In a disappointing move for the environment and the fishing industry, the U.S. House of Representatives approved a rider that would effectively ban new federal catch shares for fisheries in the East Coast and the Gulf of Mexico.
Thanks in large part to catch shares, many fisheries in the United States have been turning a corner after decades of overfishing, massive job losses and closures. Fish caught in catch shares currently account for about half of the value and over three quarters of the volume of commercial landings in federal waters.
Some fisheries still under conventional management have not yet recovered, causing fishermen to suffer. This misguided rider would thwart progress and take a proven tool off the table for struggling fishermen and regional fishery management councils.
The rider was approved by a vote of 220-191, a smaller margin than when a similar rider was approved last year by a vote of 259-159. More members of Congress have come to oppose a ban because they want to make our oceans more sustainable for the fish and fishermen.
The jury is still out on whether or not the rider will become law. At this point it’s unclear if the U.S. Senate will consider the ban. If the Senate passes legislation without the rider, its fate will be determined when the House and Senate hammer out the differences between their appropriations bills that fund NOAA.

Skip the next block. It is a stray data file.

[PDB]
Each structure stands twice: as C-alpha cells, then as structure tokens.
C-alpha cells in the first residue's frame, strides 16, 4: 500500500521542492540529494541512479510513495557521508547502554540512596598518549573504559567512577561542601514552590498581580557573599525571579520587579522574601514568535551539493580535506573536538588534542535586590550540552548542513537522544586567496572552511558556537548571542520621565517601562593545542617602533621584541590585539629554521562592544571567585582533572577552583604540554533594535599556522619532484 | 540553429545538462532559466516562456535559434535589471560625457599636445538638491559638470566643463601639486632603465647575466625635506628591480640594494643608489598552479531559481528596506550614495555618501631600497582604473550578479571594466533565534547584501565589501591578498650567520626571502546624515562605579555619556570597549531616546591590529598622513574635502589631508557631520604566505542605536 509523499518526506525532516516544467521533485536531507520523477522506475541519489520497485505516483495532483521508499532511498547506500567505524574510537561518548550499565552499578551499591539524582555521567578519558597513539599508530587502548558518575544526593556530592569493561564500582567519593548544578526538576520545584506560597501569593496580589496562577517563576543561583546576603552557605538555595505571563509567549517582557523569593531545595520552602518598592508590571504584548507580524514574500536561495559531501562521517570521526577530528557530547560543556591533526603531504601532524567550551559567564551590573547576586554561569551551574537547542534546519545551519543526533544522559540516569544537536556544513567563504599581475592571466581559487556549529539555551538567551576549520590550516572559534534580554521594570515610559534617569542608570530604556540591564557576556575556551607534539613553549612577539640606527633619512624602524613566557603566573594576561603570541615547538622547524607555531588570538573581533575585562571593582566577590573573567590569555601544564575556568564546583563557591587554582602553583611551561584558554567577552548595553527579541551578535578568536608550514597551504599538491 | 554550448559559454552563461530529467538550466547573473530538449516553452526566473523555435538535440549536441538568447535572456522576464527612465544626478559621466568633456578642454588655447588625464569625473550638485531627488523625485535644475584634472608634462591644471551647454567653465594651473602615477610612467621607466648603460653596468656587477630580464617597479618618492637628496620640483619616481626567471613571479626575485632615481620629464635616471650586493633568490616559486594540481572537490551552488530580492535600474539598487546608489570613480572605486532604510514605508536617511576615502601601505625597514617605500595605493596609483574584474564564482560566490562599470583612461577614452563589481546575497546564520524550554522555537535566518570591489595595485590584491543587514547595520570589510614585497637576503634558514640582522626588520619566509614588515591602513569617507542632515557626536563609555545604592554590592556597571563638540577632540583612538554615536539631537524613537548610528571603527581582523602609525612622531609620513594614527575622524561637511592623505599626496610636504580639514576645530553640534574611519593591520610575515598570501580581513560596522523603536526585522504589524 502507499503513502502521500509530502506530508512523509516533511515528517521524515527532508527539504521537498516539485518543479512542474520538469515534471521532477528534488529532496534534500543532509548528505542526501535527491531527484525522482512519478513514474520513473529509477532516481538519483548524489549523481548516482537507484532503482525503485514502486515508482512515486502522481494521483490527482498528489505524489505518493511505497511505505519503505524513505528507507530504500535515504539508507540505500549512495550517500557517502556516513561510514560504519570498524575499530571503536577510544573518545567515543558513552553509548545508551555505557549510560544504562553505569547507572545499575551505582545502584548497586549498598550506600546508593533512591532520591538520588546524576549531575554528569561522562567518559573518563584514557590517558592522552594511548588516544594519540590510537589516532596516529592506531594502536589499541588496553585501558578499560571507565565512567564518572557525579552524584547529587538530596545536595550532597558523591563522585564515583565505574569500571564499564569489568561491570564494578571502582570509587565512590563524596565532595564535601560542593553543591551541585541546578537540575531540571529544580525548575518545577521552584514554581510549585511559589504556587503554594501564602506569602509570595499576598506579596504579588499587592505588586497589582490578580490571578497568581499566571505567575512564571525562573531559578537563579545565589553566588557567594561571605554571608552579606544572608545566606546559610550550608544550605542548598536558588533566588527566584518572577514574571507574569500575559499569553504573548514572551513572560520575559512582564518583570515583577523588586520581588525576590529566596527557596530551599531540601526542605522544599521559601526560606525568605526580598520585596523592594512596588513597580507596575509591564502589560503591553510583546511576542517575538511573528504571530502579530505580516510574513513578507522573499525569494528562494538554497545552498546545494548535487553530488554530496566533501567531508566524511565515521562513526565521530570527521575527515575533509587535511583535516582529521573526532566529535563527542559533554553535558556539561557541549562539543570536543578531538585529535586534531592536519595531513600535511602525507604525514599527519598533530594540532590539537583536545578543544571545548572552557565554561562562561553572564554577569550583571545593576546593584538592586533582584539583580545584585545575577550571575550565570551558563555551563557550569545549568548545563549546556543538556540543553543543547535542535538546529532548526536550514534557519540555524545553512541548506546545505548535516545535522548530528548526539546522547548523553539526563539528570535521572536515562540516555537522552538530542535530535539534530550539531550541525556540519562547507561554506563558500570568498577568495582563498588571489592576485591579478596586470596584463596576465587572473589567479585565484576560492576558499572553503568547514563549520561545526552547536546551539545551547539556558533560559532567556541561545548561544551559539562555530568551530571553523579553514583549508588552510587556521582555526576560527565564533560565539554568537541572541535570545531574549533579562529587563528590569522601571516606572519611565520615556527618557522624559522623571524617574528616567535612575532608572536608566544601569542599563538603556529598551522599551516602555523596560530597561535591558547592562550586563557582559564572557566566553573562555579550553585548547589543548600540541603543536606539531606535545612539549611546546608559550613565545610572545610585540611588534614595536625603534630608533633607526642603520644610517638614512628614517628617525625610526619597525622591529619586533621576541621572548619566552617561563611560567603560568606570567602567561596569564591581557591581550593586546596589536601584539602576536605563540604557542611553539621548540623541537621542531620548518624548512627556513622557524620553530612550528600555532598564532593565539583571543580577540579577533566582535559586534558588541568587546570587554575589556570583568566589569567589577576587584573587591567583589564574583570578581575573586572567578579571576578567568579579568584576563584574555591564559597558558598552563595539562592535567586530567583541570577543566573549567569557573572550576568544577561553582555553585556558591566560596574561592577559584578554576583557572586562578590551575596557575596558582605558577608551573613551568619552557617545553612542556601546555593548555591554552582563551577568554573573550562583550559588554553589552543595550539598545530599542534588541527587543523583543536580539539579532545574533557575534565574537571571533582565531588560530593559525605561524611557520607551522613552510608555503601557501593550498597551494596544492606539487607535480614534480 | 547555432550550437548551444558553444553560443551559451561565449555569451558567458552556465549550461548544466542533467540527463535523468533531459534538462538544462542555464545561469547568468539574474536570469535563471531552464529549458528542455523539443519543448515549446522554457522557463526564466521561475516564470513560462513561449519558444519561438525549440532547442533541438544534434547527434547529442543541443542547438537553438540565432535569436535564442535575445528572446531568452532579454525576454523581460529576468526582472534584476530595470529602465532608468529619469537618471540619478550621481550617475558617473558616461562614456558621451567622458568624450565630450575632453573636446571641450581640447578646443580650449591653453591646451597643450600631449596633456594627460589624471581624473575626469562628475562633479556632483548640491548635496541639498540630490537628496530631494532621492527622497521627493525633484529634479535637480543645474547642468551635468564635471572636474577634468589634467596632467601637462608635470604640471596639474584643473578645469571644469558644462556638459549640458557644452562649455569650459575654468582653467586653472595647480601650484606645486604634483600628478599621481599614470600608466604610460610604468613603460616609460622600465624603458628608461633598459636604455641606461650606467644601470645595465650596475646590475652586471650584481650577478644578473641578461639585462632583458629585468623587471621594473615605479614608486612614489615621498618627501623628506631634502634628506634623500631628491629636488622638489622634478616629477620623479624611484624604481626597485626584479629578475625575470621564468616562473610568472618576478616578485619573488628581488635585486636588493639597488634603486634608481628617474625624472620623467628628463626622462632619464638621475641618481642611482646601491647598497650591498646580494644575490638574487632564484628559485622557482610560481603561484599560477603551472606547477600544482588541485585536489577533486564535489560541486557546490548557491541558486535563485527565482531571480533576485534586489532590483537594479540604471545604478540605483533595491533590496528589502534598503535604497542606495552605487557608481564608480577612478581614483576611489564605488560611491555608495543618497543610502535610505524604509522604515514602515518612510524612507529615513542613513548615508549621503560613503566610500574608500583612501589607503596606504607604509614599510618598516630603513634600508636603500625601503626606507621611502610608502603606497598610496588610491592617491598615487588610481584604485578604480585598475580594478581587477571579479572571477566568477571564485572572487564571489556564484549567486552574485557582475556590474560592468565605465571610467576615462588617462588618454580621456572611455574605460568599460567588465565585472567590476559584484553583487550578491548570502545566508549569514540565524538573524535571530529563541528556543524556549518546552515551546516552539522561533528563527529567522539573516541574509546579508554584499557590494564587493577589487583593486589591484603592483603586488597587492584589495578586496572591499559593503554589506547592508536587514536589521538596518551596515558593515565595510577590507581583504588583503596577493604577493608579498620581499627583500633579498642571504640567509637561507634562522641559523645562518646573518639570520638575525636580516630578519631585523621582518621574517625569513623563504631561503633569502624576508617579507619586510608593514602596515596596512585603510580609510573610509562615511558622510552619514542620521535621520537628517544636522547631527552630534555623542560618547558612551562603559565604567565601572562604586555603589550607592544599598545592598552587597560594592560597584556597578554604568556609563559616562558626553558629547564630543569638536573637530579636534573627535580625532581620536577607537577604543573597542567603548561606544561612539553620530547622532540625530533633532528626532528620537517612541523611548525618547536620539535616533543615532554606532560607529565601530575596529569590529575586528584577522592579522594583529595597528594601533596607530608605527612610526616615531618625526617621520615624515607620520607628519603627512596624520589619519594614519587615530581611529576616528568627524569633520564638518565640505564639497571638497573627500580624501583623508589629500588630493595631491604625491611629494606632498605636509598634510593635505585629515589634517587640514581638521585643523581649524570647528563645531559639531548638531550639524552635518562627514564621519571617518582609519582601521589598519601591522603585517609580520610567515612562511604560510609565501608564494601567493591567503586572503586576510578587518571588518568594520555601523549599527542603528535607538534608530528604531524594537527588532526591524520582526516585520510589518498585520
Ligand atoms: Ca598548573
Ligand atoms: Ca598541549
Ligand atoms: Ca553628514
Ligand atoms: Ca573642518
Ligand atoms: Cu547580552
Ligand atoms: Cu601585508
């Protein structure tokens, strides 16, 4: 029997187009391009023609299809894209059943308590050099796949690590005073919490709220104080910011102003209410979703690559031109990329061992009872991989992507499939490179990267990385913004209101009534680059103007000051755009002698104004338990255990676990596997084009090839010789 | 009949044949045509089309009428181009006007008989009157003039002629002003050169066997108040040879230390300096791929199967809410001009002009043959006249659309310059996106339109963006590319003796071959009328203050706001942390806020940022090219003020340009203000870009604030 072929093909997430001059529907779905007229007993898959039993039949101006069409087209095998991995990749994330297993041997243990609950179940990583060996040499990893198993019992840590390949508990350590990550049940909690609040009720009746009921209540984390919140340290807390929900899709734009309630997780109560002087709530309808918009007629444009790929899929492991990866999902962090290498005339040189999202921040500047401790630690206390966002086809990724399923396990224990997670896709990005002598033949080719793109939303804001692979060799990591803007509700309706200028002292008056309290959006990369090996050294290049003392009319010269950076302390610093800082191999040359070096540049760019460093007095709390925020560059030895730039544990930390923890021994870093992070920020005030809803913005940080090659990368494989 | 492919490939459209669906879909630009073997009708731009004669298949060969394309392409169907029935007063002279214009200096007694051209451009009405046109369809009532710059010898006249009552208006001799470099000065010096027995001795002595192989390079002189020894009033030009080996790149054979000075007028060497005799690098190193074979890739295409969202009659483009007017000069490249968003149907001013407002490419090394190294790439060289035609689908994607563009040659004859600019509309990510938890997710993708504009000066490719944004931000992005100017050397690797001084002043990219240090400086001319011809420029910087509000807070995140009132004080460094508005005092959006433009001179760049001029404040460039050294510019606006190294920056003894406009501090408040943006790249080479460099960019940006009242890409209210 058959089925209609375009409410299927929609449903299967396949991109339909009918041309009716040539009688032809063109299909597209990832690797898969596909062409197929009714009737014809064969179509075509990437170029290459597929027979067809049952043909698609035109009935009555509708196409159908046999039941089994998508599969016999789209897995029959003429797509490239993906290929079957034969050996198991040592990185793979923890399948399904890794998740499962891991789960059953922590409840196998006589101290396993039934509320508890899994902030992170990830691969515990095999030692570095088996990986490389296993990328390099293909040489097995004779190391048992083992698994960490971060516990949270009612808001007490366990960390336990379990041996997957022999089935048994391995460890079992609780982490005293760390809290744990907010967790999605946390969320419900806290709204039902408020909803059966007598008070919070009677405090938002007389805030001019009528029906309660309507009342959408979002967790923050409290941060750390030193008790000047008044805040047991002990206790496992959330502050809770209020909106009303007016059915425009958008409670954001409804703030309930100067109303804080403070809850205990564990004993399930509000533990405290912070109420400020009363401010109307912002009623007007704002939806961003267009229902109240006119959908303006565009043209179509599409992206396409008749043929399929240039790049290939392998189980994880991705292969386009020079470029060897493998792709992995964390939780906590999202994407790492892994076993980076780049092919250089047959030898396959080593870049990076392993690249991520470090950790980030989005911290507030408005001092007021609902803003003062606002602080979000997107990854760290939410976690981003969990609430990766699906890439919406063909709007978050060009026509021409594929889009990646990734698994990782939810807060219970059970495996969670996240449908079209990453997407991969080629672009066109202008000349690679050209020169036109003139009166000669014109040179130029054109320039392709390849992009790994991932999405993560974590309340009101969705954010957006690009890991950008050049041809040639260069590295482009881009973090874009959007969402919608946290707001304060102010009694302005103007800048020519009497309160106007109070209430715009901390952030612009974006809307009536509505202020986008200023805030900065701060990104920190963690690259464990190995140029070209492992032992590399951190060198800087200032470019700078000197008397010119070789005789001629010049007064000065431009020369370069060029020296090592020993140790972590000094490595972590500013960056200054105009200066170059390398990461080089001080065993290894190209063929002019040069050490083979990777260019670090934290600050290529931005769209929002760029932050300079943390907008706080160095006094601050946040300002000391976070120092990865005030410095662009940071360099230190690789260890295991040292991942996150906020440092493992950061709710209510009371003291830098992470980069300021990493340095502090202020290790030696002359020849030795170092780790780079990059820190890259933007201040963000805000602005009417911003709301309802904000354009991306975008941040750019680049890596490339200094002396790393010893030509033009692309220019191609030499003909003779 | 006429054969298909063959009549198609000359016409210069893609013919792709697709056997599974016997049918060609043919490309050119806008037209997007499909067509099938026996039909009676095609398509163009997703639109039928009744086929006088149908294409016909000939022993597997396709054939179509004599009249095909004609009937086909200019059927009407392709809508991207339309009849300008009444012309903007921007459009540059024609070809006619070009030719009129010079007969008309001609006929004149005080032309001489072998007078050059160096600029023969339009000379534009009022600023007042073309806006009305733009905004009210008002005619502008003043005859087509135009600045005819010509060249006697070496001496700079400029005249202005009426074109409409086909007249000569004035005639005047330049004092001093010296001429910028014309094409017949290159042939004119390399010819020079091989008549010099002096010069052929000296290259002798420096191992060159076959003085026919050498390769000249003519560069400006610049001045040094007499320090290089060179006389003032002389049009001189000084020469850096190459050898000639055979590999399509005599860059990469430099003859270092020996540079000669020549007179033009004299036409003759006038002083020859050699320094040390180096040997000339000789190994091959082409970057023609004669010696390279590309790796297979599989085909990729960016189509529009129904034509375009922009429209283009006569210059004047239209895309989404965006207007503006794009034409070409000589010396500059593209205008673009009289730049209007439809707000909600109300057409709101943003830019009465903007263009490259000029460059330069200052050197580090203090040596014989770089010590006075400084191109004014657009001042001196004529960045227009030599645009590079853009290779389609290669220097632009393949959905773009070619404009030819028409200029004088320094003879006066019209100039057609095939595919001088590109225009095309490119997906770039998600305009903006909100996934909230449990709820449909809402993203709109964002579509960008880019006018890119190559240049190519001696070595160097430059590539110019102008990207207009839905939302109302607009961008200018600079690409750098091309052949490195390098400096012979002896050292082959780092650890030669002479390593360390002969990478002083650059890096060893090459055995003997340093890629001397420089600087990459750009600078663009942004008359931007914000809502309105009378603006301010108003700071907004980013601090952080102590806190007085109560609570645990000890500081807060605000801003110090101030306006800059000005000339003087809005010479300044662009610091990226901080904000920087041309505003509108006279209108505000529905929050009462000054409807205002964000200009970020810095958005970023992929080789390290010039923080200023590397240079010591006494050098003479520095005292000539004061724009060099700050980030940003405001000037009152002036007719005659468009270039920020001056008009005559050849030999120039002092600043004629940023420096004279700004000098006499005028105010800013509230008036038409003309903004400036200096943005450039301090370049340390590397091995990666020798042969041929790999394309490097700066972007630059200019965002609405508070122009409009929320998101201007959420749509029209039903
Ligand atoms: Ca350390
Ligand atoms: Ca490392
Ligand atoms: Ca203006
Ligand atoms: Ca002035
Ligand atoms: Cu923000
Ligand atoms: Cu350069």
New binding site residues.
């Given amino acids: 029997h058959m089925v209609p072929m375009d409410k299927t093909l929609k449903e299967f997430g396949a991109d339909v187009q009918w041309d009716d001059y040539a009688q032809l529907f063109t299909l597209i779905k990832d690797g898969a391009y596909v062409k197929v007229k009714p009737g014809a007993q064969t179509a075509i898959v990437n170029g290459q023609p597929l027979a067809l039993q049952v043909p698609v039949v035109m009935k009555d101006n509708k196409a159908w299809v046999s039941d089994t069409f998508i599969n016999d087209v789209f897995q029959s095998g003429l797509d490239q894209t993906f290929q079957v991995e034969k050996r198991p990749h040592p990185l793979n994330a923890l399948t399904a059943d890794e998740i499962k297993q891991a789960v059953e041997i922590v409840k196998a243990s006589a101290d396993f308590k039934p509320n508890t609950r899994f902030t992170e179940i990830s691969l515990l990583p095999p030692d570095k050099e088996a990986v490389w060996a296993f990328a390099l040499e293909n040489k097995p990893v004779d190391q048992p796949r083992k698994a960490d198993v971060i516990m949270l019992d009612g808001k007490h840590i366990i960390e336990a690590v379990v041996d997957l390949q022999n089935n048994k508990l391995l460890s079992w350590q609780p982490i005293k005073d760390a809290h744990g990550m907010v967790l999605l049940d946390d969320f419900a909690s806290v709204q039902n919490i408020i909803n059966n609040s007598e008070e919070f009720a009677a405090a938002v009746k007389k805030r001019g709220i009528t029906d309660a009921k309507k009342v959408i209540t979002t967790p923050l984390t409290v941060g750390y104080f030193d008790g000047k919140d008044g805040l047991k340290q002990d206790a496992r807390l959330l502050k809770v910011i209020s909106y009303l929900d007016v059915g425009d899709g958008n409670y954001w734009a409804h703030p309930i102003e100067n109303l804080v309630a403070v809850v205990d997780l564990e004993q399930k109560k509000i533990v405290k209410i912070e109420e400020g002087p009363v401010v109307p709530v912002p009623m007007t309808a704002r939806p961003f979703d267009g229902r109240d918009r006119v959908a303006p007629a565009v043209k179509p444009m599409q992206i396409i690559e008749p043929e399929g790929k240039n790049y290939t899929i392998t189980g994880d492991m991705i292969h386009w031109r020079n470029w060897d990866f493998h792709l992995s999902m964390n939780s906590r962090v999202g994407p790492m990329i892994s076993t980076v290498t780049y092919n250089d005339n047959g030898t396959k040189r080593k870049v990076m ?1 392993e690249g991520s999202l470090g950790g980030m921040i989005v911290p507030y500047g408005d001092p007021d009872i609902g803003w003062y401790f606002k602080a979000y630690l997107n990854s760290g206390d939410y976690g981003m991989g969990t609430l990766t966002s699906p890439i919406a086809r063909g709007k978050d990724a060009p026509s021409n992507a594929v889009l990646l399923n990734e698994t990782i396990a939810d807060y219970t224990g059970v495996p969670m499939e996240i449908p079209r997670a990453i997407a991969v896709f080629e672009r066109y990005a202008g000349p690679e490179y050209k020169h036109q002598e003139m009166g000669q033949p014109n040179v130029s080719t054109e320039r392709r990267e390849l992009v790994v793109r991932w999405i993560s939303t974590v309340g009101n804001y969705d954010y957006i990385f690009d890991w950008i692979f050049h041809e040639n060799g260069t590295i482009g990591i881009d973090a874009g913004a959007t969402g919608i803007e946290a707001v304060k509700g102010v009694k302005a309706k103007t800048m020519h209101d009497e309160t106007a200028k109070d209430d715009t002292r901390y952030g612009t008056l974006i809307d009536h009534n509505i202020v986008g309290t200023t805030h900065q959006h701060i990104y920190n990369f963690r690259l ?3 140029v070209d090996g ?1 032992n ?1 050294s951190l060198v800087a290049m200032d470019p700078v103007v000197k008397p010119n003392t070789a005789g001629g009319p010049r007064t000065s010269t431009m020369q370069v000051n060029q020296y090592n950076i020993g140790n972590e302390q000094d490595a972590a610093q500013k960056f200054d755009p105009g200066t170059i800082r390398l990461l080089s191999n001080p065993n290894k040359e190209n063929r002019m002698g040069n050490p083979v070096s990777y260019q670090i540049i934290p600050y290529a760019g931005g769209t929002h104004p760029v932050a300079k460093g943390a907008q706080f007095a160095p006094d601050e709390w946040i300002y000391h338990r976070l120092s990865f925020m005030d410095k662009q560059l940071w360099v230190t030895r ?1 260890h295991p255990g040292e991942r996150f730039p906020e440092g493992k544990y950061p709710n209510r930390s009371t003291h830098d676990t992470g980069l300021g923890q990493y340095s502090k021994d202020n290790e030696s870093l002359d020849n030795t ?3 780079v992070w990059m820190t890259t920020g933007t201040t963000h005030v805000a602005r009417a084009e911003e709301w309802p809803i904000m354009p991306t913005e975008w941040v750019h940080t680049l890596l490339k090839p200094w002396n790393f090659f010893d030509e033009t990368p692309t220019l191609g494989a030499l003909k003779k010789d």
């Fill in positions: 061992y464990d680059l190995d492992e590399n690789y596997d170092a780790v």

With catch shares, fishermen are allocated a secure amount of fish they can catch throughout the season. The alternative is to control fishing by setting limits on when fishermen can fish, how much they can catch within a period of time or what kind of gear they can use. This approach can bring unintended consequences, such as depleted fish populations, a race to fish, economic hardship, decreased safety and the forced dumping of fish overboard that die.
Keeping catch shares as an option has been supported not only by several environmental organizations, but also by fishing organizations representing thousands of American fishermen, the Bush and Obama administrations, interest groups from across the political spectrum and many scientists.
Catch shares have had an impressive track record in the U.S. For instance, since the implementation of the first catch share program in the Gulf of Mexico in 2007, for Red Snapper, the species has rebounded and in 2010 the fishermen were allowed to catch 39% more. In addition, the price fishermen have received for red snapper has increased 40% and they can now fish year-round instead of just for 52 days.